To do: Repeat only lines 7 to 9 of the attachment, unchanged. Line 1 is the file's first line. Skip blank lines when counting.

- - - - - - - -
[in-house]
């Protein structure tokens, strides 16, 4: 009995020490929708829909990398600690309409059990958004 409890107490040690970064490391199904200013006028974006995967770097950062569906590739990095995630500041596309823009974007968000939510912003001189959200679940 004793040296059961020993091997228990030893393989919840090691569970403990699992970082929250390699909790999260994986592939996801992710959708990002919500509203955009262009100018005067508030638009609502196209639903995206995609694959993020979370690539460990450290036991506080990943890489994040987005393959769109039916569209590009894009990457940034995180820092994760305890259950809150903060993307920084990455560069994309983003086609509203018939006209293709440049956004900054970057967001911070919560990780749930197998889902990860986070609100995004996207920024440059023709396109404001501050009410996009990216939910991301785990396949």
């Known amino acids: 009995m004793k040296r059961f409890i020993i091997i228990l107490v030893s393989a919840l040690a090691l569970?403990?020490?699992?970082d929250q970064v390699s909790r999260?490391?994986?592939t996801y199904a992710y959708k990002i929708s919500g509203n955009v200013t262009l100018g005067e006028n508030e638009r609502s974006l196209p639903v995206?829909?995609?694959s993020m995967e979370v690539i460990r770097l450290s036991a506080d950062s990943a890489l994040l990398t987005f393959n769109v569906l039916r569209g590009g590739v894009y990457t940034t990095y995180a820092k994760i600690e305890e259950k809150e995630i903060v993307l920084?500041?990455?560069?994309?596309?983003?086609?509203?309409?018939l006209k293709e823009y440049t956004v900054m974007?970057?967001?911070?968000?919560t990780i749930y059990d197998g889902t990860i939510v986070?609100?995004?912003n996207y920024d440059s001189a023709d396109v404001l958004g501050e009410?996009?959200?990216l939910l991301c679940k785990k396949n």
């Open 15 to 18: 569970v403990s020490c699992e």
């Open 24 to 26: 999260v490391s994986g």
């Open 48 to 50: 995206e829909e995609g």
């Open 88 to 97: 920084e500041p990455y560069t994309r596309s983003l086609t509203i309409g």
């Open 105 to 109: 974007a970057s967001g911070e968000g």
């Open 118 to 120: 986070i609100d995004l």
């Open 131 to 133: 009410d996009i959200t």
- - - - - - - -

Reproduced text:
């Open 88 to 97: 920084e500041p990455y560069t994309r596309s983003l086609t509203i309409g």
């Open 105 to 109: 974007a970057s967001g911070e968000g």
């Open 118 to 120: 986070i609100d995004l």